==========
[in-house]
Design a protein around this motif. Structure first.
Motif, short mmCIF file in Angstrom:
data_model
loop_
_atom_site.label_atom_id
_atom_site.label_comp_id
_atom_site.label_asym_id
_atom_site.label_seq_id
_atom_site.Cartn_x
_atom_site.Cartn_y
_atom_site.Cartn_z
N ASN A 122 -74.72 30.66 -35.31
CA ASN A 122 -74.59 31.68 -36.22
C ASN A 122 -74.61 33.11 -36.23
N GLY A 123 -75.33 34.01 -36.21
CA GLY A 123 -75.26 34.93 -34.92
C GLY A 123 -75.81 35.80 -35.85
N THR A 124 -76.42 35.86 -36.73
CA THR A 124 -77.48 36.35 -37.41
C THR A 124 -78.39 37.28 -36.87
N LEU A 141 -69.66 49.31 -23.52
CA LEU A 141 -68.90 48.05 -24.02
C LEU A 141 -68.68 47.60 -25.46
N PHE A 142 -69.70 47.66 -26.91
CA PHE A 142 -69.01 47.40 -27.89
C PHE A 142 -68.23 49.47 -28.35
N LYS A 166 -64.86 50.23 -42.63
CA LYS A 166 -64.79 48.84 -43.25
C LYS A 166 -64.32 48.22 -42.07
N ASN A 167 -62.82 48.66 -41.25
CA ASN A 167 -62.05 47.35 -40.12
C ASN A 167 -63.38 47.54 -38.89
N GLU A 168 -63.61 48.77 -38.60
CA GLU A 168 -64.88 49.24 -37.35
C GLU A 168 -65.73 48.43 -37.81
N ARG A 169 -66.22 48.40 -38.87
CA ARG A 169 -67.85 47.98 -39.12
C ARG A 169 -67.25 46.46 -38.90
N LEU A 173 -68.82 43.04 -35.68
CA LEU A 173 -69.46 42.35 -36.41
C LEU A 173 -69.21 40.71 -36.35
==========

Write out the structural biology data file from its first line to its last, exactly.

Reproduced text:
[in-house]
Design a protein around this motif. Structure first.
Motif, short mmCIF file in Angstrom:
data_model
loop_
_atom_site.label_atom_id
_atom_site.label_comp_id
_atom_site.label_asym_id
_atom_site.label_seq_id
_atom_site.Cartn_x
_atom_site.Cartn_y
_atom_site.Cartn_z
N ASN A 122 -74.72 30.66 -35.31
CA ASN A 122 -74.59 31.68 -36.22
C ASN A 122 -74.61 33.11 -36.23
N GLY A 123 -75.33 34.01 -36.21
CA GLY A 123 -75.26 34.93 -34.92
C GLY A 123 -75.81 35.80 -35.85
N THR A 124 -76.42 35.86 -36.73
CA THR A 124 -77.48 36.35 -37.41
C THR A 124 -78.39 37.28 -36.87
N LEU A 141 -69.66 49.31 -23.52
CA LEU A 141 -68.90 48.05 -24.02
C LEU A 141 -68.68 47.60 -25.46
N PHE A 142 -69.70 47.66 -26.91
CA PHE A 142 -69.01 47.40 -27.89
C PHE A 142 -68.23 49.47 -28.35
N LYS A 166 -64.86 50.23 -42.63
CA LYS A 166 -64.79 48.84 -43.25
C LYS A 166 -64.32 48.22 -42.07
N ASN A 167 -62.82 48.66 -41.25
CA ASN A 167 -62.05 47.35 -40.12
C ASN A 167 -63.38 47.54 -38.89
N GLU A 168 -63.61 48.77 -38.60
CA GLU A 168 -64.88 49.24 -37.35
C GLU A 168 -65.73 48.43 -37.81
N ARG A 169 -66.22 48.40 -38.87
CA ARG A 169 -67.85 47.98 -39.12
C ARG A 169 -67.25 46.46 -38.90
N LEU A 173 -68.82 43.04 -35.68
CA LEU A 173 -69.46 42.35 -36.41
C LEU A 173 -69.21 40.71 -36.35